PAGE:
Superfood diets aren’t as healthy as you think, says nutritionist – WTSP.com

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“What I want to do is warn anyone who’s willing to listen, that this could be why something’s not working well for you right now,” says one nutritionist.

ST. PETERSBURG, Fla. — Is your healthy diet doing more harm than good? The idea may sound crazy but a nutritionist with a master’s in public health says her life changed for the better when she removed some items that are thought to be superfoods from her diet.

Sally Norton says her health ailments started at an early age.

“I was already starting with arthritis and back issues as a 12-year-old,” Norton said.

The pain progressed to crippling foot problems, sleepless nights, and brain fog along with a hysterectomy in her 40s. She said she was constantly focused on what she thought was a healthy diet but there seemed to be no positive payoff.

“I was vegetarian for 8 years and then vegan for 8 more years. That’s 16 years of living on perfect organic homegrown, home-cooked vegetables and beans and tofu. It was a disaster for my health.” She explained. “Plants not only are missing several nutrients that we have to have for all forms of health including brain health and good sleep and so on, but plants also come with chemicals that we don’t really fully understand.”

Oxalates are natural compounds found in fruits, vegetables, nuts, and grains. Norton said that “when oxalic acid is in the bloodstream, it’s affecting the vascular walls, your capillaries, veins and arteries. It’s also affecting your white blood cells which help you fight infection and protect you.”

Calcium oxalate is notorious for being the main ingredient in 80 percent of all kidney stones, Norton said.

“Oxalate comes from oxalic acid, the parent compound that the plants make and it’s a chemical that grabs minerals. It forms these little crystals; it grabs calcium for example and becomes calcium oxalate.”

Using this knowledge, Norton started to experiment with her own diet. She said some of the worst food offenders for oxalates include spinach, chard and beet greens, while “other lettuces and greens are fine.” 

When it comes to fruits, Norton said “raspberries and blackberries are on the high side, so you have to really limit your portions of those.” The three worst nuts for oxalates are: almonds, cashews, and peanuts. Potatoes also contain a higher amount of oxalates.

Norton says watered-down versions of the food items move oxalates straight into your bloodstream, so almond milk or green smoothies can have more extreme effects in some people.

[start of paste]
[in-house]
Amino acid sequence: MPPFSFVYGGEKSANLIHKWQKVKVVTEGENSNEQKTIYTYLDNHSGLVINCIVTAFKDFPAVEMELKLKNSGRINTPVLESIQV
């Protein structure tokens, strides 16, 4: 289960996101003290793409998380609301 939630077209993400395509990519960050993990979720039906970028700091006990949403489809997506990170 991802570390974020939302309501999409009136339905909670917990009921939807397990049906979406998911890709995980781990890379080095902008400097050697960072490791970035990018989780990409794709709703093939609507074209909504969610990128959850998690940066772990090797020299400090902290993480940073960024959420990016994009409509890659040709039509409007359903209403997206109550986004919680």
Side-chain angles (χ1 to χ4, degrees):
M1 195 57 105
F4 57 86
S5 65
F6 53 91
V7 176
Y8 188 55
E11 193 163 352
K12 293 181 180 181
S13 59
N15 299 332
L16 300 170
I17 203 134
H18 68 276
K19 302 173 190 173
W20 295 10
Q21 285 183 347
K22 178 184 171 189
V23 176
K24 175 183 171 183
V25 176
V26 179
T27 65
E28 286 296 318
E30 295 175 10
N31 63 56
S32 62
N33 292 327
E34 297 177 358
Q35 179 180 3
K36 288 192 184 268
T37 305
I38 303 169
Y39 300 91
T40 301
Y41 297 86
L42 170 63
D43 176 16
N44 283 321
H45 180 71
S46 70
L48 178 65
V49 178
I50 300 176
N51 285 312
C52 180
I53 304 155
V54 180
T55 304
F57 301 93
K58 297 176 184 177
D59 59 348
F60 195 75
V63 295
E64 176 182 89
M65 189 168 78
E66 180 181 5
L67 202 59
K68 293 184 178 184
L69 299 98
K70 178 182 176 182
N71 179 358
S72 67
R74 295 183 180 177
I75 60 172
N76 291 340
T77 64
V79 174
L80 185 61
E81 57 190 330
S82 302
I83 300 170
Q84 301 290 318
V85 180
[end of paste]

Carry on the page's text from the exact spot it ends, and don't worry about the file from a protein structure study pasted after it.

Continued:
“We have research that shows the single spinach smoothie is enough to cause inflammation in your bloodstream, that it causes damage to your immune cells, just one smoothie within 40 minutes of eating it,” Norton said.

Norton removed all foods high in oxalates entirely from her diet and she said some of the positive impacts were almost immediate.

“The body can heal itself by not eating sweet potatoes, I fixed thin bones,” she said. “My sleep disorder cleaned up within 10 days and I noticed within 6 months my feet were okay and I could now wear heels. Thirty years of subpar feet, I could not go barefoot even to wash the dishes at the sink. Now, I can run barefoot on pavement.”

For Norton, she says the key is education and choices when it comes to oxalates.

“What I want to do is warn anyone who’s willing to listen, that this could be why something’s not working well for you right now,” She explained. “It can affect almost any tissue in the body, and it affects each of us in a slightly different way. Some people don’t see a lot of symptoms and the symptoms are so common because they involve pain, mood issues, urinary tract things, jumpy bladder, waking up at night. Some people really get away with these longer than others, but you have no way to be sure. We don’t have a good way to measure how much this is building up, how much this is undermining your function of your cells.”

Norton suggests trying some simple swaps to see how you feel. Try coconut or real milk instead of almond, swap spinach for arugula, water crest or other lettuces and use other root vegetables or cauliflower instead of white or sweet potatoes.

“I would stay away from the nuts as a general rule and definitely leave spinach in the garbage can.”

To learn more about Norton’s story visit www.sallyknorton.com

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